Then that angling legend and Grisly Adams lookalike Keth Speer moved in just above me and did his thing with a stick float.  I knew I was in for a treat when almost the first cast led to a nice chub.  Numerous chub and roach followed in fairly quick succession.  Without doubt he is a master at this float technique and a pleasure to watch.  Later on he even hooked but sadly lost a decent barbel.  I also sadly lost a better barbel when the hook inexplicably pulled out.  I also managed a nice brownie and lost a chub.

Conrad wandered down with a fish in the net and called me up to Keith’s swim.  In the net was something quite unusual; an albino Orfe or a Blue Orfe (te he-blue orfe-school boy giggle) which won him the ‘Big Ook’ trophy.

The results were hard earned.  Many found it tough.  There were a few nice grayling out and reports of some near 2lb roach by the ‘right raving looney party’.  All in all another great day with the lads.  Lets hope there are many, many more to come.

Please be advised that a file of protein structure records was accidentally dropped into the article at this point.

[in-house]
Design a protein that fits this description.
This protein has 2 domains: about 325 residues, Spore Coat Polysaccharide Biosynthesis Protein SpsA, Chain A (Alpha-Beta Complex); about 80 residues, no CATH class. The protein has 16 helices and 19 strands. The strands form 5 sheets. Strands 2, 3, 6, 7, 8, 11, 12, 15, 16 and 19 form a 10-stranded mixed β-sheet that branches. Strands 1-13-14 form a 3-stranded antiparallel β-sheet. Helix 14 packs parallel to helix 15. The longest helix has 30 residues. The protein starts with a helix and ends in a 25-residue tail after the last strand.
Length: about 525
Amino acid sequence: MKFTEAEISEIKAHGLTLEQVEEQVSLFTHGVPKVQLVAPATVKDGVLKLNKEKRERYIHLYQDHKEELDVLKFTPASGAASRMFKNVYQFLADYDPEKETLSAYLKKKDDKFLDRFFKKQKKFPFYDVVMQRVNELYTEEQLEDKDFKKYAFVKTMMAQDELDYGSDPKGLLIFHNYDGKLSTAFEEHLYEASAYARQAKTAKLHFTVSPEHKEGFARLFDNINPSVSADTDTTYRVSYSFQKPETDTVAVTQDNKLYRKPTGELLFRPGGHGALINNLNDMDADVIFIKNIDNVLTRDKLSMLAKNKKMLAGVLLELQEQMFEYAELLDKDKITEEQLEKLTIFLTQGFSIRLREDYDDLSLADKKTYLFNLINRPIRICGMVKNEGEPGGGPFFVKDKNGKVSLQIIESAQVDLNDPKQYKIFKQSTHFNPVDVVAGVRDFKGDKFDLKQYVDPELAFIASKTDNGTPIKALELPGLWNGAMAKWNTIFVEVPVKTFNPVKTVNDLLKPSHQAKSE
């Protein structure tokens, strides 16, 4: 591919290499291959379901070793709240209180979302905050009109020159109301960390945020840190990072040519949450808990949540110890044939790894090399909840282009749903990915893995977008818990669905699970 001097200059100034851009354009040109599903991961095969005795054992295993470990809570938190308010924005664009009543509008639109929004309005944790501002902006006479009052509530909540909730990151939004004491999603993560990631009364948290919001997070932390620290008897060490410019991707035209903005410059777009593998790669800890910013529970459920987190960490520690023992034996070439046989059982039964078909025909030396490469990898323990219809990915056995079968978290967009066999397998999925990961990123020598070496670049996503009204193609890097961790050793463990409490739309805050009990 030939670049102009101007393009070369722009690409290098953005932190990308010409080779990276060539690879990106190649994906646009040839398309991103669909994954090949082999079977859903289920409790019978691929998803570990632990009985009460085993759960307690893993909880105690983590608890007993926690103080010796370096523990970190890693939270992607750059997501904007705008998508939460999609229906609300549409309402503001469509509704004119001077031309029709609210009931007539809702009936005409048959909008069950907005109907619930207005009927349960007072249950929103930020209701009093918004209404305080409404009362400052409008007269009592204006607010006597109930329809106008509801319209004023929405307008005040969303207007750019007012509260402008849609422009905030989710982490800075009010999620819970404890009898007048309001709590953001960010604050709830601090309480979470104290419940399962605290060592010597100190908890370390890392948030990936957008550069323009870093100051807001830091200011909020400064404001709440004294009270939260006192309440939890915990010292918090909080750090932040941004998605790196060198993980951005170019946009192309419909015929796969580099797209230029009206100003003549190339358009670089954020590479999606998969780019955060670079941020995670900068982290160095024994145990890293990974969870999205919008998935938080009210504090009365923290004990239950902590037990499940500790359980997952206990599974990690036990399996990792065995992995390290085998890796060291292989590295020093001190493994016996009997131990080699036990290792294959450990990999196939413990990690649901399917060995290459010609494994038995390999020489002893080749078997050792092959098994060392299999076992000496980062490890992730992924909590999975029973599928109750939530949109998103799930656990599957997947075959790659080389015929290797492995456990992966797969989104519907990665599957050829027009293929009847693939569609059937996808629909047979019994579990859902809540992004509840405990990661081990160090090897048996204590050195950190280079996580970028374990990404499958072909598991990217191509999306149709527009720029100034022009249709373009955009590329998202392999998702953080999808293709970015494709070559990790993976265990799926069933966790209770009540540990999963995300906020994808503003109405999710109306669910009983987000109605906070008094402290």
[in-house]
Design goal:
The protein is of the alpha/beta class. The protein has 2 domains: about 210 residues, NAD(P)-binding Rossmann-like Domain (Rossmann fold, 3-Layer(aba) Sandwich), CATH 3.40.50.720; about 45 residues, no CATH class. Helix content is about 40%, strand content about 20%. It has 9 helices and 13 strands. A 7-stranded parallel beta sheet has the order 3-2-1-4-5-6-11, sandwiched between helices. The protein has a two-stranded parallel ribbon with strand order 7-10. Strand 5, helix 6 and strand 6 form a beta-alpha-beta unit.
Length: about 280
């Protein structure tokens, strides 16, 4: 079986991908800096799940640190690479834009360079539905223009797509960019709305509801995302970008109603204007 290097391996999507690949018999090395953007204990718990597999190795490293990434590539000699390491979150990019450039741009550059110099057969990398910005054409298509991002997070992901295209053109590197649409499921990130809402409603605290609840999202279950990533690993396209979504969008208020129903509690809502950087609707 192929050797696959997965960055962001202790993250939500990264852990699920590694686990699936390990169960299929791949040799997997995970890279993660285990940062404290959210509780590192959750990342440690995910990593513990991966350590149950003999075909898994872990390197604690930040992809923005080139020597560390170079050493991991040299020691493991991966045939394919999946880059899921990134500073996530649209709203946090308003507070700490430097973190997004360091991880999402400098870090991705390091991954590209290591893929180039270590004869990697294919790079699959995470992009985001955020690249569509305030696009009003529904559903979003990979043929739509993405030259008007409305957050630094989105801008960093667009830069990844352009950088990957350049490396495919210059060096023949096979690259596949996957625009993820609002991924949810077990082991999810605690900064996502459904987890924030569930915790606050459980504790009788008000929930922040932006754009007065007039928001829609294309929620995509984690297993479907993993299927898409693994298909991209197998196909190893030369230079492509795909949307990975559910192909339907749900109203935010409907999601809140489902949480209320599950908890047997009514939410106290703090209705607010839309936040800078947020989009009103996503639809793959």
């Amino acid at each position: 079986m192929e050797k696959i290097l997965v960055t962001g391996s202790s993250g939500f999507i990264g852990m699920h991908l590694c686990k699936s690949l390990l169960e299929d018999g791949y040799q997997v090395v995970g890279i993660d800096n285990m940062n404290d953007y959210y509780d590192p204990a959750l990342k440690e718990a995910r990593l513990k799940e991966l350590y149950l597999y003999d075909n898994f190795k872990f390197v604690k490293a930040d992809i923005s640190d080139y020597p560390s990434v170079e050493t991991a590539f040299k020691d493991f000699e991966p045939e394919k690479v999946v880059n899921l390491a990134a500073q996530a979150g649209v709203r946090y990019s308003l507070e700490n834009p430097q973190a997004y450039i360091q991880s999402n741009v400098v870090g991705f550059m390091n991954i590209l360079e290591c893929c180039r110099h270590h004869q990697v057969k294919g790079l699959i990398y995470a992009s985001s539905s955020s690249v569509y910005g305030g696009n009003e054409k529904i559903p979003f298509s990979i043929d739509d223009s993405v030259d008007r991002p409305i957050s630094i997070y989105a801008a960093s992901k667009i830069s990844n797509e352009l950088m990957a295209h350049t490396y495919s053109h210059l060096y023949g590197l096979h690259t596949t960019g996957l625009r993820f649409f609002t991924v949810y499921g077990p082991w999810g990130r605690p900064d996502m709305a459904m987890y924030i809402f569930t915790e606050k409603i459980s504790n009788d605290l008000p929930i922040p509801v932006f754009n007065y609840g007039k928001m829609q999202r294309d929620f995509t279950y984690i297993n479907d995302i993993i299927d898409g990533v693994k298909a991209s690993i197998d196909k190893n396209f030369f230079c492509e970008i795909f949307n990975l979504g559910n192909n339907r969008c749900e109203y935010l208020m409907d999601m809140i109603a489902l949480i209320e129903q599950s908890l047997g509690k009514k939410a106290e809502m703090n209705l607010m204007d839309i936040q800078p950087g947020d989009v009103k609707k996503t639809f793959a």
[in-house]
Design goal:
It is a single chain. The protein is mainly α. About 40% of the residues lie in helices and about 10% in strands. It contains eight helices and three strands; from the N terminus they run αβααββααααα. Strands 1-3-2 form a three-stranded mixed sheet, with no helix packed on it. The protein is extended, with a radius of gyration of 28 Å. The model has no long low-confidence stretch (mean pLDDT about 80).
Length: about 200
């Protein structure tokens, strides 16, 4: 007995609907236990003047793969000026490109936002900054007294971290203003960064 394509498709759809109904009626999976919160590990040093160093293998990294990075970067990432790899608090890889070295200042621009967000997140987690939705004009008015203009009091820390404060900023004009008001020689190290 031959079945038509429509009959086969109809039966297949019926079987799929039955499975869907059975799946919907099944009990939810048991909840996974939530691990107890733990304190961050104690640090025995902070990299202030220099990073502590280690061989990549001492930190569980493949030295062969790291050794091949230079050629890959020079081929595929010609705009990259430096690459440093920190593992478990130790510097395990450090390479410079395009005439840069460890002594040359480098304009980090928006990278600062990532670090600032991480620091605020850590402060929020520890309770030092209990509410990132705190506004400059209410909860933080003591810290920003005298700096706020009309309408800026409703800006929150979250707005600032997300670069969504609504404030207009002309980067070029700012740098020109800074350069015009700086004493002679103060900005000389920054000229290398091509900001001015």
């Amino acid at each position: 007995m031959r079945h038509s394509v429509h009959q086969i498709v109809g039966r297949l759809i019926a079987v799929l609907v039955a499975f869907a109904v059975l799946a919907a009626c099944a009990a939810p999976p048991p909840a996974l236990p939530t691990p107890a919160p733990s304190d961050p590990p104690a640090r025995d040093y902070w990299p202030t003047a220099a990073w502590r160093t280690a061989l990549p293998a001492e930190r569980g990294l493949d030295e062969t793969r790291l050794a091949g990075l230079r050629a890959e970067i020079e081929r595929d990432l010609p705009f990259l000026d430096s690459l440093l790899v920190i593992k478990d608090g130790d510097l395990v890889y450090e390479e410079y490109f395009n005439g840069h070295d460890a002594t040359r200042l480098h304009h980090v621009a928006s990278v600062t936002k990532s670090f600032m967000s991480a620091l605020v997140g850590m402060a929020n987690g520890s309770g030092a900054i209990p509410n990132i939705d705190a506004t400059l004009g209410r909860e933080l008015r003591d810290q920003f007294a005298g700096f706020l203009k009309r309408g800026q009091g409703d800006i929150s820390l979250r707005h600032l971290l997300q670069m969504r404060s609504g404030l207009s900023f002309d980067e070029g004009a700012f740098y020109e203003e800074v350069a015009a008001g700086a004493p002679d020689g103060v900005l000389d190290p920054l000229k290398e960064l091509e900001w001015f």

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Had a call from rod builder extraordinaire Ian Tucker of Custom Fishing Rods, filling me in on his recent trip.  He was treated to a day on the Longford Estate in Hampshire fishing the beautiful Avon.  Longford is probably the place to fish on the Avon and has been for decades.

He had a great day taking 8 chub to over 5lbs and a 2lb 3oz grayling plus a few other bits.  He was then whisked away to fish the Test at Stockbridge where he caught plenty of grayling to 1.8lb and loads of trout to nearly 6lb.  Jammy git!